In 1906 Harriet Bosse was engaged by Albert Ranft to the Swedish Theatre in Stockholm and became the theatre's big star in plays less conventional than at the Dramaten. She remarried with actor Gunnar Wingård in 1908 – with whom she had a son.

Though her marriage with Strindberg was over, Bosse played in 1907 in two Strindberg plays at the Svenska Teatern: Ett drömspel (A Dream Play) and Kronbruden (The Bridal Crown). With A Dream Play she wrote theatre history. She also kept up a relationship with Strindberg, leaving her daughter with him when on tour to e.g. Helsinki, until she remarried.

In addition she also acted in plays by e.g. Maxim Gorki (The Petty Bourgeois), Maurice Maeterlink (Pelléas et Mélisande), George Bernard Shaw (Man and Superman), Hermann Sudermann (Johannes), W. Somerset Maugham (Mrs Dot), Selma Lagerlöf (Gösta Berlings saga), and others.

She was engaged again at the Royal Dramatic Theatre in 1911 with the promise of playing heavier roles. In 1911 she also divorced Wingård for his infidelity or his spendthrift (versions vary). In 1912 Bosse was confronted with a series of disasters: Strindberg died, her second ex-husband killed himself, her sister’s son drowned with the Titanic, and Strindberg’s daughter Greta was killed in a train crash. Fans of Wingård threatened Bosse for having caused his suicide.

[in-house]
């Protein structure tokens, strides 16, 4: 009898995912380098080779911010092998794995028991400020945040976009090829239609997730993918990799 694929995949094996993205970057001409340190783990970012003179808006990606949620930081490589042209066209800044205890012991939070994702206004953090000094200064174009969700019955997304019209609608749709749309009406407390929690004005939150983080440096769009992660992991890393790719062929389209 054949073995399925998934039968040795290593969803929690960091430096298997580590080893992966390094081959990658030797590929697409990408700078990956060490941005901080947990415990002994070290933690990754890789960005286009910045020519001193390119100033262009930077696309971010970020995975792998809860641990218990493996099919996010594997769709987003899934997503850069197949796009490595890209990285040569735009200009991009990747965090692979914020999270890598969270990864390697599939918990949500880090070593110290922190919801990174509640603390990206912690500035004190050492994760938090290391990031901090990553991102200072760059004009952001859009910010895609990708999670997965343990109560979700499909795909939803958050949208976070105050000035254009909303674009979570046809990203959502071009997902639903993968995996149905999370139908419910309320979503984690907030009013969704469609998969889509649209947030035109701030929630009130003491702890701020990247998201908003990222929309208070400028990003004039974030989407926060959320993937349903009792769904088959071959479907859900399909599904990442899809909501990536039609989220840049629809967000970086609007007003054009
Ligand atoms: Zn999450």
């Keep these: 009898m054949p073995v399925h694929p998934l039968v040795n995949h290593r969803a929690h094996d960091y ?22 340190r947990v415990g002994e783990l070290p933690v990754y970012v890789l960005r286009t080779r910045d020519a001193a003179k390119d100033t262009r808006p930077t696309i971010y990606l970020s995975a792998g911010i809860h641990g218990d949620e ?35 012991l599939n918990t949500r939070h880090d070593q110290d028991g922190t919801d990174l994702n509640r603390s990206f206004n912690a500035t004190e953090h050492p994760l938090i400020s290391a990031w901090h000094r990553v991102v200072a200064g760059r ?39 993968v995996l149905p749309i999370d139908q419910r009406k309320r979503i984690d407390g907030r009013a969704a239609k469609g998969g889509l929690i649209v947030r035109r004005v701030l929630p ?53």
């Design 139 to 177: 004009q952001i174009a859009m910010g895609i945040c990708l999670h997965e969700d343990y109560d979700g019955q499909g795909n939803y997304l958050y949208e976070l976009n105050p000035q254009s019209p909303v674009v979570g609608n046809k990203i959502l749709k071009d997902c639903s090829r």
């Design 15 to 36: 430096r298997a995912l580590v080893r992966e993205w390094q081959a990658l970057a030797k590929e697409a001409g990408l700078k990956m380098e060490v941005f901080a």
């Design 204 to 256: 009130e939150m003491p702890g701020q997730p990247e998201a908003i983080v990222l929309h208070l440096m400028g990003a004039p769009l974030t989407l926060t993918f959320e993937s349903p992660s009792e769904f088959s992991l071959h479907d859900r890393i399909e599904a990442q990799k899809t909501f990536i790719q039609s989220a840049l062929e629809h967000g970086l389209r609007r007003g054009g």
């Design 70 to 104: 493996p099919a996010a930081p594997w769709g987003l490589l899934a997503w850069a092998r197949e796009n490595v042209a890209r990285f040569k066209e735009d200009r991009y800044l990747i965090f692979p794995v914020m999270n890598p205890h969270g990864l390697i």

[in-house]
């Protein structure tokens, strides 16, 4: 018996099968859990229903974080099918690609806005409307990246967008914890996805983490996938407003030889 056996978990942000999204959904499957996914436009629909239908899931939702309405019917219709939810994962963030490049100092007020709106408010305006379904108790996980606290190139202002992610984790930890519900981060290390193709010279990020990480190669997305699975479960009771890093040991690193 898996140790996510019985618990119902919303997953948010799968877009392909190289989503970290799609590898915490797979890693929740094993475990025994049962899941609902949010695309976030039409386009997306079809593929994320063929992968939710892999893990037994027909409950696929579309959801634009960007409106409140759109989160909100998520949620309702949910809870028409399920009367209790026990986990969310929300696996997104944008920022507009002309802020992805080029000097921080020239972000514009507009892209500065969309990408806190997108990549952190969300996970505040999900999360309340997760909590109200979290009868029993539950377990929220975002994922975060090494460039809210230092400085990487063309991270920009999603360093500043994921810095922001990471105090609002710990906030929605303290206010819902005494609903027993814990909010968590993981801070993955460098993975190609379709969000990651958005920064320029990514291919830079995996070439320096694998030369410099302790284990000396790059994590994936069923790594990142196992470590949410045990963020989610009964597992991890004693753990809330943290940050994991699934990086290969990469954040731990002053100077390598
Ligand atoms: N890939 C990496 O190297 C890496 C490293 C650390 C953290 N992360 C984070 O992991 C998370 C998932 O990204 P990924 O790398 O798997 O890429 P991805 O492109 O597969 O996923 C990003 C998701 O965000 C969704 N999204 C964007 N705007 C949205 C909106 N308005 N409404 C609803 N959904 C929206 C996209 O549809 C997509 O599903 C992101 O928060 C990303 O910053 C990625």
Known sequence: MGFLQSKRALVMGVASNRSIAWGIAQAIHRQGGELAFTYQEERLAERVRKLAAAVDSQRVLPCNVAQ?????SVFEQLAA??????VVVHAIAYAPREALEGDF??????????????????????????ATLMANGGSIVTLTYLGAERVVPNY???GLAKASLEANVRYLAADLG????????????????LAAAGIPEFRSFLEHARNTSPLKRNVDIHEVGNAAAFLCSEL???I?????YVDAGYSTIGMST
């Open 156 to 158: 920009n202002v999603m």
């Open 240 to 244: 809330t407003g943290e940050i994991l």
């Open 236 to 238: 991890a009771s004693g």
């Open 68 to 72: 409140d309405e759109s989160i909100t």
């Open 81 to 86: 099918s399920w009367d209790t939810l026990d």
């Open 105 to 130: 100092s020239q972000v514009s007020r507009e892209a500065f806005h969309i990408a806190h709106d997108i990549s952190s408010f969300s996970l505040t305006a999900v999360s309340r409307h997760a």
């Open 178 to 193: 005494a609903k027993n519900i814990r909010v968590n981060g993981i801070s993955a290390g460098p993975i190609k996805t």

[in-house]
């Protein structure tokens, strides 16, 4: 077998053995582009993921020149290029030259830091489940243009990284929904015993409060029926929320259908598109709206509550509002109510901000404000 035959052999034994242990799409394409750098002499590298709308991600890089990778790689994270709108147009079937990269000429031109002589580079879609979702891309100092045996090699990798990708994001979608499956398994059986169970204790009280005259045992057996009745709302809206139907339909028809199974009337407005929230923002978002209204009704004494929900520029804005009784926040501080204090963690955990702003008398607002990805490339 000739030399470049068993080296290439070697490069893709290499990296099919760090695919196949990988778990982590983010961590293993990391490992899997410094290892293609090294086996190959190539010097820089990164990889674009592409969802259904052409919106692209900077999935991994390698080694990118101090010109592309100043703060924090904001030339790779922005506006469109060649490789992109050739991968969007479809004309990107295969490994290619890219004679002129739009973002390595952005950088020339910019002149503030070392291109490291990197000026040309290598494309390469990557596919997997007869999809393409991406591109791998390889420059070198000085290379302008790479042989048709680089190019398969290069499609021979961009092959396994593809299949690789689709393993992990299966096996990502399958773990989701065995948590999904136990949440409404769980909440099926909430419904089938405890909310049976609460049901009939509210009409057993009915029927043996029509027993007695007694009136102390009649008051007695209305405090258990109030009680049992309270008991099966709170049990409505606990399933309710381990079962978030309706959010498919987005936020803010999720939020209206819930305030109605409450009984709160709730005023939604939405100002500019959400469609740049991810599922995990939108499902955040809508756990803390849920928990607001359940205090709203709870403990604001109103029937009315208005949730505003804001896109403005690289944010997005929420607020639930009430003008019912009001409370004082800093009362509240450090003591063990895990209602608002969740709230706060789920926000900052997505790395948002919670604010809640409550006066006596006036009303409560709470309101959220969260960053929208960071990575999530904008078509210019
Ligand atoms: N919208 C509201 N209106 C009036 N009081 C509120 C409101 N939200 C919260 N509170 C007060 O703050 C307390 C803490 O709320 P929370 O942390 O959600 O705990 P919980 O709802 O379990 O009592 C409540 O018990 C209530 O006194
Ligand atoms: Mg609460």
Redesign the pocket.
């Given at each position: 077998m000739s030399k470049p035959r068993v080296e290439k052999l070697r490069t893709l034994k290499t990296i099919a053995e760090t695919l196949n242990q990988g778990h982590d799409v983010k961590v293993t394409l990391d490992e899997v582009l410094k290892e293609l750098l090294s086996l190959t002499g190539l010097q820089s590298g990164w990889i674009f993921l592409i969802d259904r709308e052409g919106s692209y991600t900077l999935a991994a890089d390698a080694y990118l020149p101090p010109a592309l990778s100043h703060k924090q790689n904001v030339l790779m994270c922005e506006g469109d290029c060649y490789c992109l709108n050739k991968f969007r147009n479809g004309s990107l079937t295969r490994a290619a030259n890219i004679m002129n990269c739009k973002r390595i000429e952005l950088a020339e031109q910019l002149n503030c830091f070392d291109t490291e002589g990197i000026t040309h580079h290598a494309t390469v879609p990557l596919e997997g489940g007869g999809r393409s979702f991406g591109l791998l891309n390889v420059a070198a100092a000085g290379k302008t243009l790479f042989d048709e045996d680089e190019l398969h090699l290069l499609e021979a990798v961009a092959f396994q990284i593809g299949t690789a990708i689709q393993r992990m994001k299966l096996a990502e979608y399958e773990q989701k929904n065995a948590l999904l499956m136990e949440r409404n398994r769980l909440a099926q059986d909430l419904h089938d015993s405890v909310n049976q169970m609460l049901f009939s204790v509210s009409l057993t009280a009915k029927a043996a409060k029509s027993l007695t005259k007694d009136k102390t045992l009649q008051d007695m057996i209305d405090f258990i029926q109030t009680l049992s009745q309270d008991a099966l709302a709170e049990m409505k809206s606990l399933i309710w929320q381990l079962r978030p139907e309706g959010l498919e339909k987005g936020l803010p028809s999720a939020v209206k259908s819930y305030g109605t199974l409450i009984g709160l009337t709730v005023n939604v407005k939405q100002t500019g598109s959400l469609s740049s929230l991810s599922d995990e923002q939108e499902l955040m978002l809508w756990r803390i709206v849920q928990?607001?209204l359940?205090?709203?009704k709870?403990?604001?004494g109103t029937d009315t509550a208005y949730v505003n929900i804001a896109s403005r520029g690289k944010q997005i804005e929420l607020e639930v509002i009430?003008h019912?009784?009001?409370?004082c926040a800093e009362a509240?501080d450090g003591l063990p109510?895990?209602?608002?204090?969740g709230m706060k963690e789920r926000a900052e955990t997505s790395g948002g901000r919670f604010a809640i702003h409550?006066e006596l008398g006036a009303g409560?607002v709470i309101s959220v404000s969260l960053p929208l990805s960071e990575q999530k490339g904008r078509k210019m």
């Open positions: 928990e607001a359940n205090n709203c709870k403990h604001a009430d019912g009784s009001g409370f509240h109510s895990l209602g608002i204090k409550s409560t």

Ingmarssönerna/ Sons of Ingmar
Swedish postcard by Nordisk Konst, Stockholm, no. 958/2. Photo: publicity still for Ingmarssönerna/Sons of Ingmar (Victor Sjöström, 1919). Caption: Brita from Bergskog.

Ingmarssönerna/ Sons of Ingmar
Swedish postcard by Nordisk Konst, Stockholm, no. 958/8. Photo: publicity still for Ingmarssönerna/Sons of Ingmar (Victor Sjöström, 1919). Caption: I have to do something or I won't find any rest in my soul.